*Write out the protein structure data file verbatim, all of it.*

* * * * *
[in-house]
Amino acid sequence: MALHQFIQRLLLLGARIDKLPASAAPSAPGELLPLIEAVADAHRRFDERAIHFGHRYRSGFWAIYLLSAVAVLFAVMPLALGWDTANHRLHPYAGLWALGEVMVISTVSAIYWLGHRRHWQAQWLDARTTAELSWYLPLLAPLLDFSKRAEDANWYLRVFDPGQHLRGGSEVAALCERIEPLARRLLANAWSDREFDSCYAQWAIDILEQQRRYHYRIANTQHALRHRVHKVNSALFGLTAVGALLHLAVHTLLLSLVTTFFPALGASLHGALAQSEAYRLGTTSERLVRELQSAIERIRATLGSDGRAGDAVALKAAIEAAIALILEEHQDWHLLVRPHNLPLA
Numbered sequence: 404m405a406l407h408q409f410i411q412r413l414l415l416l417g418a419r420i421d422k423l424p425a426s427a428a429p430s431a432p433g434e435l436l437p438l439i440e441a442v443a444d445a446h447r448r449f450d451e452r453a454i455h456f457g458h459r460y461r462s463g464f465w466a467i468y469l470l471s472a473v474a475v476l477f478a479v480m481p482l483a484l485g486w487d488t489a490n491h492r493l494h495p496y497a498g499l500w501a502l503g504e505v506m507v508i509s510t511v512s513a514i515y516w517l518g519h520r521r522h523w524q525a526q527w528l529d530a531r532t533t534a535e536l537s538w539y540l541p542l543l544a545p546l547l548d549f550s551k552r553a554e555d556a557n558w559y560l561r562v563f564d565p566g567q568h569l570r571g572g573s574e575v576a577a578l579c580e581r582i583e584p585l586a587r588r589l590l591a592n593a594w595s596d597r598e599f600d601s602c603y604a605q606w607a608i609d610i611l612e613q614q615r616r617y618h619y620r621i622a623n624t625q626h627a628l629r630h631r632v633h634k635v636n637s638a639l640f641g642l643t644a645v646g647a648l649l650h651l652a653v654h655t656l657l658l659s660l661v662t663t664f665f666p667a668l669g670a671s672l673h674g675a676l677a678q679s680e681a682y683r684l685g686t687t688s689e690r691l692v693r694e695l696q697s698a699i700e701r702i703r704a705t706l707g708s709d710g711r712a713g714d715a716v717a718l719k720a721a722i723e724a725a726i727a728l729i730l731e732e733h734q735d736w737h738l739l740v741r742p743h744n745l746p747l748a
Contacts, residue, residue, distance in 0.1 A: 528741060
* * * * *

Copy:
[in-house]
Amino acid sequence: MALHQFIQRLLLLGARIDKLPASAAPSAPGELLPLIEAVADAHRRFDERAIHFGHRYRSGFWAIYLLSAVAVLFAVMPLALGWDTANHRLHPYAGLWALGEVMVISTVSAIYWLGHRRHWQAQWLDARTTAELSWYLPLLAPLLDFSKRAEDANWYLRVFDPGQHLRGGSEVAALCERIEPLARRLLANAWSDREFDSCYAQWAIDILEQQRRYHYRIANTQHALRHRVHKVNSALFGLTAVGALLHLAVHTLLLSLVTTFFPALGASLHGALAQSEAYRLGTTSERLVRELQSAIERIRATLGSDGRAGDAVALKAAIEAAIALILEEHQDWHLLVRPHNLPLA
Numbered sequence: 404m405a406l407h408q409f410i411q412r413l414l415l416l417g418a419r420i421d422k423l424p425a426s427a428a429p430s431a432p433g434e435l436l437p438l439i440e441a442v443a444d445a446h447r448r449f450d451e452r453a454i455h456f457g458h459r460y461r462s463g464f465w466a467i468y469l470l471s472a473v474a475v476l477f478a479v480m481p482l483a484l485g486w487d488t489a490n491h492r493l494h495p496y497a498g499l500w501a502l503g504e505v506m507v508i509s510t511v512s513a514i515y516w517l518g519h520r521r522h523w524q525a526q527w528l529d530a531r532t533t534a535e536l537s538w539y540l541p542l543l544a545p546l547l548d549f550s551k552r553a554e555d556a557n558w559y560l561r562v563f564d565p566g567q568h569l570r571g572g573s574e575v576a577a578l579c580e581r582i583e584p585l586a587r588r589l590l591a592n593a594w595s596d597r598e599f600d601s602c603y604a605q606w607a608i609d610i611l612e613q614q615r616r617y618h619y620r621i622a623n624t625q626h627a628l629r630h631r632v633h634k635v636n637s638a639l640f641g642l643t644a645v646g647a648l649l650h651l652a653v654h655t656l657l658l659s660l661v662t663t664f665f666p667a668l669g670a671s672l673h674g675a676l677a678q679s680e681a682y683r684l685g686t687t688s689e690r691l692v693r694e695l696q697s698a699i700e701r702i703r704a705t706l707g708s709d710g711r712a713g714d715a716v717a718l719k720a721a722i723e724a725a726i727a728l729i730l731e732e733h734q735d736w737h738l739l740v741r742p743h744n745l746p747l748a
Contacts, residue, residue, distance in 0.1 A: 528741060